Students can often be unpredictable and rebellious, and getting everyone to agree would not be easy. But when people asked Riolo whether the staff thought they could pull it off, his answer was always yes.

“You often have to give people the opportunity to rise to an occasion,” he said. “I truly believe people have a kind, compassionate soul and they want to help and this was one of those occasions.”

Before calling Higgins to the graduation stage, Riolo asked everyone in attendance at Western Connecticut State University’s O’Neill Center to keep quiet and offer only a soft golf clap.

Flanked by his two brothers and school aide Rob Ancona, Higgins approached the stage with his fingers in his ears, but the loud noises he expected after weeks of practice runs with his teacher were nowhere to be heard.

He received a silent standing ovation.

“The students were amazing,” Riolo said. “They are a class act and superseded expectations. For example them rising to their feet after Jack received his diploma was them. It was not preplanned and no one told them to act like that that. They felt compelled to show their support in that way. They made that amazing compassionate gesture on their own.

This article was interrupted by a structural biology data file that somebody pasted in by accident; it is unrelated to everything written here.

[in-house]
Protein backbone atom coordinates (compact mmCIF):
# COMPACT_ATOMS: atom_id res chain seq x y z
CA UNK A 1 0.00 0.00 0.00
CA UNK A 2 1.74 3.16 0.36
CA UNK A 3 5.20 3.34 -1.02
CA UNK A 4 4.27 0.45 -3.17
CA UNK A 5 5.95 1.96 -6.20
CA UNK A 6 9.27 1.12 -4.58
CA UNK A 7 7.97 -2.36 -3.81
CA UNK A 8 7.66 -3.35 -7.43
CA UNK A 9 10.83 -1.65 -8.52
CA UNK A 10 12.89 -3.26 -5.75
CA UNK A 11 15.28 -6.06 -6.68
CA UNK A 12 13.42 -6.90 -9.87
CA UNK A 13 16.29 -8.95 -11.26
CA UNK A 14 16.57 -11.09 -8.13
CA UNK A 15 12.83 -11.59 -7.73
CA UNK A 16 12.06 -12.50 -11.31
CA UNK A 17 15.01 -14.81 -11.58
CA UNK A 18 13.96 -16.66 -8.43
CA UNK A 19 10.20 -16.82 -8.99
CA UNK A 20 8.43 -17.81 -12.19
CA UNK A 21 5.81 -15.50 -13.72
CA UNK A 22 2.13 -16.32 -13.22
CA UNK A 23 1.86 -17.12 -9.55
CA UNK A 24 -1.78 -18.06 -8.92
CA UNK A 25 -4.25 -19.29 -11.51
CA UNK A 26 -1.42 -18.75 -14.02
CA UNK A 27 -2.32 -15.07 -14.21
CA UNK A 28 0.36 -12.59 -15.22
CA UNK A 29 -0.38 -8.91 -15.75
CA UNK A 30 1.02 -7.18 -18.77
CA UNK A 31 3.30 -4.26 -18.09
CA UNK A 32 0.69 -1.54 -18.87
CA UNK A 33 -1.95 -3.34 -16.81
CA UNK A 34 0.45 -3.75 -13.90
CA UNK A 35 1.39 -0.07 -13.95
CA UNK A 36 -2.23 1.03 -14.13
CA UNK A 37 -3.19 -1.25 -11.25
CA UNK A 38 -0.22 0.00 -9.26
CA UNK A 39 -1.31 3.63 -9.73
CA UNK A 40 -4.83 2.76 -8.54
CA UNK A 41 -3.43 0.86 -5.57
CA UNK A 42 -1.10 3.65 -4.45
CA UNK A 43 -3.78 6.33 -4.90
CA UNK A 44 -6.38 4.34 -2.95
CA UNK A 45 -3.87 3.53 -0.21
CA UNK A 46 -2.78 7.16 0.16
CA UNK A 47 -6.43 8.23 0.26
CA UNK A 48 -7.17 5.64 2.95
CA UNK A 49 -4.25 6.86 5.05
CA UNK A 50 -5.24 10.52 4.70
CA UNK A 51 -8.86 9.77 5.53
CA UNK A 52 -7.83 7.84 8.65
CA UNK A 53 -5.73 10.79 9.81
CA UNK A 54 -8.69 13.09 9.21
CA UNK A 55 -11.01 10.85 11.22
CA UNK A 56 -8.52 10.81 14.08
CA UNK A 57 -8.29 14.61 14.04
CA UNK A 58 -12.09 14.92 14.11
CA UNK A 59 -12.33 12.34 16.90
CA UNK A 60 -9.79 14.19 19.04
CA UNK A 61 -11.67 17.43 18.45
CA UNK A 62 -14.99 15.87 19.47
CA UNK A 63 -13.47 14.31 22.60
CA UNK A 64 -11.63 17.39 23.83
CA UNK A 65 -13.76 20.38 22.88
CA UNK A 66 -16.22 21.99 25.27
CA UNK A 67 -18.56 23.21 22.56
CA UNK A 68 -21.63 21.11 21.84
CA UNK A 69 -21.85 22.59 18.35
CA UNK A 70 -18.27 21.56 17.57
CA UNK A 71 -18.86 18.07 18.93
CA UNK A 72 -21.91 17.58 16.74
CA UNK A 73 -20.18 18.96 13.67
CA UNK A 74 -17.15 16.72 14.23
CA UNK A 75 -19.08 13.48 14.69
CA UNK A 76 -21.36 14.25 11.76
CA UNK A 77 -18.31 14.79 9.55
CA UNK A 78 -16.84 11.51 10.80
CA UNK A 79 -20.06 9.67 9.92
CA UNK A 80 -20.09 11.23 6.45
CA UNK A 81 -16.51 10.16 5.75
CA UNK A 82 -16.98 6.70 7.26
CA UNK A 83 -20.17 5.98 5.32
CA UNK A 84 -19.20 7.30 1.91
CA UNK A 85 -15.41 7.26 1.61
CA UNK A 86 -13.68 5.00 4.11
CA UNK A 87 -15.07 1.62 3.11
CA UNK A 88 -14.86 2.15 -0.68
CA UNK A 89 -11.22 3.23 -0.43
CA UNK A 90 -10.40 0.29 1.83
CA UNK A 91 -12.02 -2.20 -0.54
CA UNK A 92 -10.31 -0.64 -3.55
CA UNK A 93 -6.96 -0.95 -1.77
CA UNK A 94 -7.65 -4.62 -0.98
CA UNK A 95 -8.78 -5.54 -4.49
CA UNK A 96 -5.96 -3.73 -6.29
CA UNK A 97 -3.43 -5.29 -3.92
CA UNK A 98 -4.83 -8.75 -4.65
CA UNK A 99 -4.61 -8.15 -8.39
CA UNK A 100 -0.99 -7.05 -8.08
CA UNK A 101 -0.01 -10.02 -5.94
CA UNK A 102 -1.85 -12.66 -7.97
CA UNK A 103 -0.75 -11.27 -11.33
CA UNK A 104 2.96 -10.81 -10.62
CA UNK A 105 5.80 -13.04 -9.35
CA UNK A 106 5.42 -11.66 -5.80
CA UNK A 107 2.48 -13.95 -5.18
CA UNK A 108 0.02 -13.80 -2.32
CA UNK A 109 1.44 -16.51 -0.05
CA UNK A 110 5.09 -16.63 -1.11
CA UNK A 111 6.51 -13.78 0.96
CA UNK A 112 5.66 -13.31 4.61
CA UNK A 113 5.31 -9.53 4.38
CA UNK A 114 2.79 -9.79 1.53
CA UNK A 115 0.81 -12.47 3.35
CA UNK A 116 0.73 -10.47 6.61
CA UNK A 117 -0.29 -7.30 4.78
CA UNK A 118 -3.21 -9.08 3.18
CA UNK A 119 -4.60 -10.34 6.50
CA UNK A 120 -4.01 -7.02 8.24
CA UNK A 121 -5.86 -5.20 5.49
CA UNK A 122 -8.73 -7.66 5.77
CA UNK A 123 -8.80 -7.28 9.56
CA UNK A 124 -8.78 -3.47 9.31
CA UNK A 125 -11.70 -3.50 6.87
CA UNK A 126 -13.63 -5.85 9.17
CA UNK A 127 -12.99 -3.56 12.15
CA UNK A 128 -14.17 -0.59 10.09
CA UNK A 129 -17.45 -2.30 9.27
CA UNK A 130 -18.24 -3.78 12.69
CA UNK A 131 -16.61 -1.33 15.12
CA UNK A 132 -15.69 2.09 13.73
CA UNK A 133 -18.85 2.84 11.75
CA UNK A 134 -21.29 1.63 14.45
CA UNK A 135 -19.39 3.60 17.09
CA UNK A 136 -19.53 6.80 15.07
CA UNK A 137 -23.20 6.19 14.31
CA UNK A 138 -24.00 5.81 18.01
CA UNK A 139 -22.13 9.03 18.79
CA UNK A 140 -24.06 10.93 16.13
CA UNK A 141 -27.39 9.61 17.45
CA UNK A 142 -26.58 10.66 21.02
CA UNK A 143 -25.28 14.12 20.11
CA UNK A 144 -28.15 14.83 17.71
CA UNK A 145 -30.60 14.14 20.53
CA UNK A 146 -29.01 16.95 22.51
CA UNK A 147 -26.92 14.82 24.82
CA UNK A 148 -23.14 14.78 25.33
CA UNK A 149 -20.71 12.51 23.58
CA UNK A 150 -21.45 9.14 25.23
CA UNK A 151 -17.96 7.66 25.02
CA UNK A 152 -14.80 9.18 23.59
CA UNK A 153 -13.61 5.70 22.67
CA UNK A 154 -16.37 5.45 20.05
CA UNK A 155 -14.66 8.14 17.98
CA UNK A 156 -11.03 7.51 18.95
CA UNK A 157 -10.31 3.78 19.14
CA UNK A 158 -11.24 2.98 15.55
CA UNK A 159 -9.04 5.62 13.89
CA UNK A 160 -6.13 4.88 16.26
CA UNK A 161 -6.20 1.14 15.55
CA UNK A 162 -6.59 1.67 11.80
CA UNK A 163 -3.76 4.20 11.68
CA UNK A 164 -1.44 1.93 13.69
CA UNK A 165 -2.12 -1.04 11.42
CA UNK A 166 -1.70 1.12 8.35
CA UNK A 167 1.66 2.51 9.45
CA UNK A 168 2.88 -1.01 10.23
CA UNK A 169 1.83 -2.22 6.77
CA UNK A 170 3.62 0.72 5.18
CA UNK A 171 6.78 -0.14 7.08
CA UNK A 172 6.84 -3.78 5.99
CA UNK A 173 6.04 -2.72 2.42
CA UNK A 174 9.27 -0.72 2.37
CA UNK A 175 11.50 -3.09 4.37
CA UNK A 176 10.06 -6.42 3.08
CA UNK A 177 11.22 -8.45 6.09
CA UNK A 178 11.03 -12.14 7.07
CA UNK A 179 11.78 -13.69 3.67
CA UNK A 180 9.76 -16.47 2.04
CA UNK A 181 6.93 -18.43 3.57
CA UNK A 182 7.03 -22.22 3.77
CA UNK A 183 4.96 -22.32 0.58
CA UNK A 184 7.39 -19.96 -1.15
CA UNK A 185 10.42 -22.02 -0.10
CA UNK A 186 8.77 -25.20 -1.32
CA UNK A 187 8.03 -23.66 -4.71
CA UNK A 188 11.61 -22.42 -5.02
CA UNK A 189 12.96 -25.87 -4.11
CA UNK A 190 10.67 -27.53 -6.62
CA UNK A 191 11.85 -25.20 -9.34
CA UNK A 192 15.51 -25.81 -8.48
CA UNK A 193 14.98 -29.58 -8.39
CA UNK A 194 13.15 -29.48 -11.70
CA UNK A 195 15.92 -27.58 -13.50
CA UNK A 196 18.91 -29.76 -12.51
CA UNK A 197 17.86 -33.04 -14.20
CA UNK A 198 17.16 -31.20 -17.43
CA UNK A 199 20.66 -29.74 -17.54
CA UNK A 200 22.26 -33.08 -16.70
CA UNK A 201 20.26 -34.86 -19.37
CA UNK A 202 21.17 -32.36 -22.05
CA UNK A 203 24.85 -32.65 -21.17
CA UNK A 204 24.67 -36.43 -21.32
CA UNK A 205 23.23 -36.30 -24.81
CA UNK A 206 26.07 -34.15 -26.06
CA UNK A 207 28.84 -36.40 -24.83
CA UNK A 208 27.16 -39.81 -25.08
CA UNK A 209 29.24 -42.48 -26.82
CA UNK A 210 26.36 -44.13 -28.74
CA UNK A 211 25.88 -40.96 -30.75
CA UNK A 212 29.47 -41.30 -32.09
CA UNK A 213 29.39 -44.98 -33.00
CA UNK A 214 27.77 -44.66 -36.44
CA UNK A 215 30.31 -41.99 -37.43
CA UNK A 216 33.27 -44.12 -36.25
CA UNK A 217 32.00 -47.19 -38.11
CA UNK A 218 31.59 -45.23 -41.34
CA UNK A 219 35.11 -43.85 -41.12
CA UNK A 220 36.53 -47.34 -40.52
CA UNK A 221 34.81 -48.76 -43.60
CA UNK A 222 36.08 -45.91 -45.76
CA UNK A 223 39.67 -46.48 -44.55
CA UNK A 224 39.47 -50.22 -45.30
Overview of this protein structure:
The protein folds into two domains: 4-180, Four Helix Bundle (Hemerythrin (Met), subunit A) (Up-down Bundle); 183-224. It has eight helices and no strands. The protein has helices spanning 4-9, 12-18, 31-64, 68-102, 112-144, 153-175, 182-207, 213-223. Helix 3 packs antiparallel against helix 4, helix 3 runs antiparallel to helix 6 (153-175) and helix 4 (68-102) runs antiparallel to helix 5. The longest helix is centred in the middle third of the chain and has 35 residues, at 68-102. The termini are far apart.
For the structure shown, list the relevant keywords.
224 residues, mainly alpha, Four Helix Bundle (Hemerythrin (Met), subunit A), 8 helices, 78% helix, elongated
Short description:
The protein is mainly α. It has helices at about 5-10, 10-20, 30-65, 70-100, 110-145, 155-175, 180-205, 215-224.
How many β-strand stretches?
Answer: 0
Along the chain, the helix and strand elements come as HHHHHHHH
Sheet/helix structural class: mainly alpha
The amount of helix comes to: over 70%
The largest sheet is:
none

“I have been lucky and blessed to see some really remarkable things in my 31 year career but this so far has to be the most incredible. But as much as the students rose to the occasion so did Jack. Since Jack is very limited verbally, how overwhelming was if for him with a large crowd and expectation that it would be loud.? It was so brave of him to take that walk which must have seemed like forever and he did it with grace, class and strength.”

Copyright 2021 Nexstar Media Inc. All rights reserved. This material may not be published, broadcast, rewritten, or redistributed.

Trademark and Copyright 2021 Cable News Network, Inc., a Time Warner Company. All rights reserved.

About FOX 2 News